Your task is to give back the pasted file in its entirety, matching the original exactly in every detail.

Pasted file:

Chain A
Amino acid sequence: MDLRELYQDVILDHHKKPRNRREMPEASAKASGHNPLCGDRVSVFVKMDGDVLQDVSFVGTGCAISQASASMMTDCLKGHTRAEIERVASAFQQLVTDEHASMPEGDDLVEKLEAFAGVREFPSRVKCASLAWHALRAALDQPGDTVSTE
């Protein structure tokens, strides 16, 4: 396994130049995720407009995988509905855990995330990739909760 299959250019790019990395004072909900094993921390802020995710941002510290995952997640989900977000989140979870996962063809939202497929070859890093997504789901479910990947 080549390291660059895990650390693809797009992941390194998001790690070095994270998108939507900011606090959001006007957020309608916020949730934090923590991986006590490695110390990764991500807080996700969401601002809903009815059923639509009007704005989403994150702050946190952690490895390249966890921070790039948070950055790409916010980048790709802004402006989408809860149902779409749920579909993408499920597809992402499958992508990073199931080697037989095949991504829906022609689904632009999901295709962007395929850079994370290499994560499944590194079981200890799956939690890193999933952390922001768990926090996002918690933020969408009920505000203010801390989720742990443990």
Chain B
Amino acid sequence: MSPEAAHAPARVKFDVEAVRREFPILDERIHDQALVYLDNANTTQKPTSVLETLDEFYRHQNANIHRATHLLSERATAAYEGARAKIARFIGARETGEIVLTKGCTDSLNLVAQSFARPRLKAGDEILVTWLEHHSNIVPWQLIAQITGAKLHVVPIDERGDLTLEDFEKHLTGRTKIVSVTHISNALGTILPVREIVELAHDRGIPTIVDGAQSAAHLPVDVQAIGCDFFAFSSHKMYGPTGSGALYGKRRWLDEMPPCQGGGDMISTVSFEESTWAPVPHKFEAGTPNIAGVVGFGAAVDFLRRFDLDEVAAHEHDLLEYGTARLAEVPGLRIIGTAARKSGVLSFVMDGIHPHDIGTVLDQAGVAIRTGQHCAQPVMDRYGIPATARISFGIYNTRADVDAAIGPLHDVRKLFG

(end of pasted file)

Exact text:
Chain A
Amino acid sequence: MDLRELYQDVILDHHKKPRNRREMPEASAKASGHNPLCGDRVSVFVKMDGDVLQDVSFVGTGCAISQASASMMTDCLKGHTRAEIERVASAFQQLVTDEHASMPEGDDLVEKLEAFAGVREFPSRVKCASLAWHALRAALDQPGDTVSTE
């Protein structure tokens, strides 16, 4: 396994130049995720407009995988509905855990995330990739909760 299959250019790019990395004072909900094993921390802020995710941002510290995952997640989900977000989140979870996962063809939202497929070859890093997504789901479910990947 080549390291660059895990650390693809797009992941390194998001790690070095994270998108939507900011606090959001006007957020309608916020949730934090923590991986006590490695110390990764991500807080996700969401601002809903009815059923639509009007704005989403994150702050946190952690490895390249966890921070790039948070950055790409916010980048790709802004402006989408809860149902779409749920579909993408499920597809992402499958992508990073199931080697037989095949991504829906022609689904632009999901295709962007395929850079994370290499994560499944590194079981200890799956939690890193999933952390922001768990926090996002918690933020969408009920505000203010801390989720742990443990």
Chain B
Amino acid sequence: MSPEAAHAPARVKFDVEAVRREFPILDERIHDQALVYLDNANTTQKPTSVLETLDEFYRHQNANIHRATHLLSERATAAYEGARAKIARFIGARETGEIVLTKGCTDSLNLVAQSFARPRLKAGDEILVTWLEHHSNIVPWQLIAQITGAKLHVVPIDERGDLTLEDFEKHLTGRTKIVSVTHISNALGTILPVREIVELAHDRGIPTIVDGAQSAAHLPVDVQAIGCDFFAFSSHKMYGPTGSGALYGKRRWLDEMPPCQGGGDMISTVSFEESTWAPVPHKFEAGTPNIAGVVGFGAAVDFLRRFDLDEVAAHEHDLLEYGTARLAEVPGLRIIGTAARKSGVLSFVMDGIHPHDIGTVLDQAGVAIRTGQHCAQPVMDRYGIPATARISFGIYNTRADVDAAIGPLHDVRKLFG